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Planner returns to Molokai
Nancy McPherson, the recently reinstalled Molokai planner, has returned to ensure projects are done correctly to Molokai standards – and efficiently.
She is knowledgeable about permits, zoning, flood maps, and Special Area Management (SMA), McPherson said.
“Our natural resources are our natural capital, so we have to protect it,” McPherson said.
McPherson’s first stint as the island’s planner began in 2006 and came to an end in 2008 when she was promoted as Maui County planner.
A Plan for Efficiency
McPherson returned to her Molokai position in mid-January, and said she is enthusiastic about being back in the position. She would like to be able to allow people to begin their projects as soon as possible.
“I plan on trying to make the SMA permitting process more streamline. I want to make it more efficient,” McPherson said.
Lori Buchanan, a Molokai Planning Commission member, said she is happy to have McPherson back on board. “I have always been impressed with McPherson’s experience and academia,” she said.
“I thought we got lucky. I honestly thought she was overqualified. She has a great heart,” Buchanan added.
Sometimes permitting may seem like a daunting task, but McPherson said she wants to assure residents that she is trying to make it less confusing.
Buchanan said she trusts McPherson’s experience as a long-range planner on Maui, and “her ability to see the long-term effects of projects.”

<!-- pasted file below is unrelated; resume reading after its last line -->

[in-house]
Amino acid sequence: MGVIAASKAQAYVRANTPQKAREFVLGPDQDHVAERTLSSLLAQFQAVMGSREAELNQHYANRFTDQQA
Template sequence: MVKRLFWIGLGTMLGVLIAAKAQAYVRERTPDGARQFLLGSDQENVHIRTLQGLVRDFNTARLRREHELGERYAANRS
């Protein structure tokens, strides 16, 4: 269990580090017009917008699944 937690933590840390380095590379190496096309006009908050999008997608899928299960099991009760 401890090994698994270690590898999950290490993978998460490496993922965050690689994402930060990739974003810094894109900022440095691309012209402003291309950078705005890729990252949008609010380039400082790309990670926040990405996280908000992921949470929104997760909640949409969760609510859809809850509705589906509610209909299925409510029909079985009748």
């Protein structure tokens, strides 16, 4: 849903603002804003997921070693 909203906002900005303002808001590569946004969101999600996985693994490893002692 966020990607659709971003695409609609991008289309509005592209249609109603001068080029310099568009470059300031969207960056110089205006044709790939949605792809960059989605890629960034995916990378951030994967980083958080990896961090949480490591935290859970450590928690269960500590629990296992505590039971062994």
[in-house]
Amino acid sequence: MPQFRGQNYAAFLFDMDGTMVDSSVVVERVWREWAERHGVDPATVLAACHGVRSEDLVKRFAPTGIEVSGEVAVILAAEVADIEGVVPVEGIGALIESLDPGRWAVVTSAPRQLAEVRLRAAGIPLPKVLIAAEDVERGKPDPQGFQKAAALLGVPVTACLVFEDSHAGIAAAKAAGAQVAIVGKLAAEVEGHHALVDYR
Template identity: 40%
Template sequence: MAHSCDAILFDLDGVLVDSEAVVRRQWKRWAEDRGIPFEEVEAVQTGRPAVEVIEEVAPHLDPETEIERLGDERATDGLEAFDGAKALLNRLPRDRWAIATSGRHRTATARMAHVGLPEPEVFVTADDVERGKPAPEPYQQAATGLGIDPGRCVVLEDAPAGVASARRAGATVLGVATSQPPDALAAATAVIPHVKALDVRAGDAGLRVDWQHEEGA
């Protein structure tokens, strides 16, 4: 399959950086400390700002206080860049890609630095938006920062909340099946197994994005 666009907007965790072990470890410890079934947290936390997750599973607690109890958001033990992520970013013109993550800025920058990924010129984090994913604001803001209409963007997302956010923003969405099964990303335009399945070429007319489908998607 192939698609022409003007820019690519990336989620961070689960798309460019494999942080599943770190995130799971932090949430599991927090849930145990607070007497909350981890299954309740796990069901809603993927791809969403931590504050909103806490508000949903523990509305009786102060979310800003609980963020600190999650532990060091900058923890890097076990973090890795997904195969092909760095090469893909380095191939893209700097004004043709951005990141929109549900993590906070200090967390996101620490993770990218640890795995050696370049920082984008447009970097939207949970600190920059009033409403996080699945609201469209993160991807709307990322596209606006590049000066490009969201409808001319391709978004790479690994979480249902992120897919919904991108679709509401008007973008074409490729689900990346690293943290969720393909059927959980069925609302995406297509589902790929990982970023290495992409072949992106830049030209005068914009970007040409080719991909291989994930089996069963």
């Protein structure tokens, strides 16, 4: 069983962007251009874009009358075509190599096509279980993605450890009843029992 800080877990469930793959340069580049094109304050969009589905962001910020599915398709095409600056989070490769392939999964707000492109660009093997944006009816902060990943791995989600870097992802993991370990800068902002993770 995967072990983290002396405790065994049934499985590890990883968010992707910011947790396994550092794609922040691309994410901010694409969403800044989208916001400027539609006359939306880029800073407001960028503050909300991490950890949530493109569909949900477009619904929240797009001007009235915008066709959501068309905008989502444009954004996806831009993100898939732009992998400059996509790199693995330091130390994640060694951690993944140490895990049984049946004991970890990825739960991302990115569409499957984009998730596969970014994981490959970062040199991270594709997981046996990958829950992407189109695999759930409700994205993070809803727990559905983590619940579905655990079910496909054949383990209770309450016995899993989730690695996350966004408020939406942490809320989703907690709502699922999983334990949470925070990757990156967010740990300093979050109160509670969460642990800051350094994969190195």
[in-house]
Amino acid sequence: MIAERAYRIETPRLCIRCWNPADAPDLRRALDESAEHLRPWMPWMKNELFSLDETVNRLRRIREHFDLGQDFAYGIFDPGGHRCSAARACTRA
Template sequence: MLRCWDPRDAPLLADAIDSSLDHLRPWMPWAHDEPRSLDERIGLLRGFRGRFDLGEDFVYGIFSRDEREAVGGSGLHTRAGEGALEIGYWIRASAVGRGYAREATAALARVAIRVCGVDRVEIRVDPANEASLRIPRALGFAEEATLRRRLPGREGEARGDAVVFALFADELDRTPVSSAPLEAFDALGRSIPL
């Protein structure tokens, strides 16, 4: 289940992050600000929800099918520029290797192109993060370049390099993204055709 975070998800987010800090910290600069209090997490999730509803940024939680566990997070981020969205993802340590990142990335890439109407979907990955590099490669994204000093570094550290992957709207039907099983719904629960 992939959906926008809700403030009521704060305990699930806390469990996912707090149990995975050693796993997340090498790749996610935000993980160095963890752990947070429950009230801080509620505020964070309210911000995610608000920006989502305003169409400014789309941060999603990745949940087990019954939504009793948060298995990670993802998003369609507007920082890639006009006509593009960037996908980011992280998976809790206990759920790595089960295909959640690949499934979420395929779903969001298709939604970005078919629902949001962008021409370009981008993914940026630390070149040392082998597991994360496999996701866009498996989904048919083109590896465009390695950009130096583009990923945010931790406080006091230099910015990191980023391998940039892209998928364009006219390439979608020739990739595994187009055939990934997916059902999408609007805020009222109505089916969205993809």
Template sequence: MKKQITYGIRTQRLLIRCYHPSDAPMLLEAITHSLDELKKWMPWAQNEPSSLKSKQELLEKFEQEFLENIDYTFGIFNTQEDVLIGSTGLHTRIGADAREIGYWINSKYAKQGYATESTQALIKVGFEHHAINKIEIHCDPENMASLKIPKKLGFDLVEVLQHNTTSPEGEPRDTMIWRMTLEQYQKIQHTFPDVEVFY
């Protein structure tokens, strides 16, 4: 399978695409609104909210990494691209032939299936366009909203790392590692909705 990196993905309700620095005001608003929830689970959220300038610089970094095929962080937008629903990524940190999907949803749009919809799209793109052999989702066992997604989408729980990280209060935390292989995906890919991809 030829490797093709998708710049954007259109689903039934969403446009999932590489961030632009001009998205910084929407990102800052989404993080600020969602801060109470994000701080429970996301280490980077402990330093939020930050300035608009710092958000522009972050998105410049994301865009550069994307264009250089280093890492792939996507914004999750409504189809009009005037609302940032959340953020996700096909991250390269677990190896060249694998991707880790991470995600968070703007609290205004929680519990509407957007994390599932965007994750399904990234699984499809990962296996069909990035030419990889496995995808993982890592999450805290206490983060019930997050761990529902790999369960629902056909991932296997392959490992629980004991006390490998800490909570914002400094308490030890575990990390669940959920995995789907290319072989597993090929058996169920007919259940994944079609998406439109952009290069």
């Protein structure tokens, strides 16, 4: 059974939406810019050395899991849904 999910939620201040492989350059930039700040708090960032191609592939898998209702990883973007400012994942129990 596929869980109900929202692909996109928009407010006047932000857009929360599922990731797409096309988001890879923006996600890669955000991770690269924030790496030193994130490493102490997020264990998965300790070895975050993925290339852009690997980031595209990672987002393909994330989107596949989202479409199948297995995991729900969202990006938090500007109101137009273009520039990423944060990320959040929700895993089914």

“It’s difficult to balance current projects and long-term projects on Molokai. People want to build now.” Buchanan said.
McPherson said she is planning more cultural assessments of Molokai to ensure nothing is overlooked when permits are handed out for building projects.
Before McPherson began tackling Molokai’s projects in January, the planner position on Molokai was left vacant for four months. Previous planner Mikal Torgerson left in September 2010. The county would not comment on the nature of his departure.
A History of Planning
McPherson has lived in Hawaii off and on since the age of 10. Her family moved to Oahu when her father got a job as a hydraulics engineer for sugar and pineapple plantations. She moved back to her home state of California when she was 19 to further her studies. She said she had always wanted to preserve the land, and decided to study planning.
She attended Sonoma State University, and earned a double-bachelor’s degree in Urban and Regional Development and Economic.
She later worked as an urban planner in Novato, California, where she helped implement a new permit tracking system for the city.
Since returning to Hawaii in 2000, McPherson has consulted with farmers on Oahu’s North Shore, in order to provide locational data that is essential to urban planning.
She began a master’s in Urban and Regional Planning at the University of Hawaii Manoa in 2003. While she was there, she came with a team of eleven people to do cultural research of ancient burial sites at sand dunes on Papohaku Beach. She also did cultural research at Malama Beach Park on Molokai.
Her master’s research includes extensive studies on ahapua`a in North Kohala, Hawai`i Island, including King Kamehameha I’s birth site. They also compiled information for the Office of Hawaiin Affairs. That information has been further utilized to create community plans for North Kohala, she said.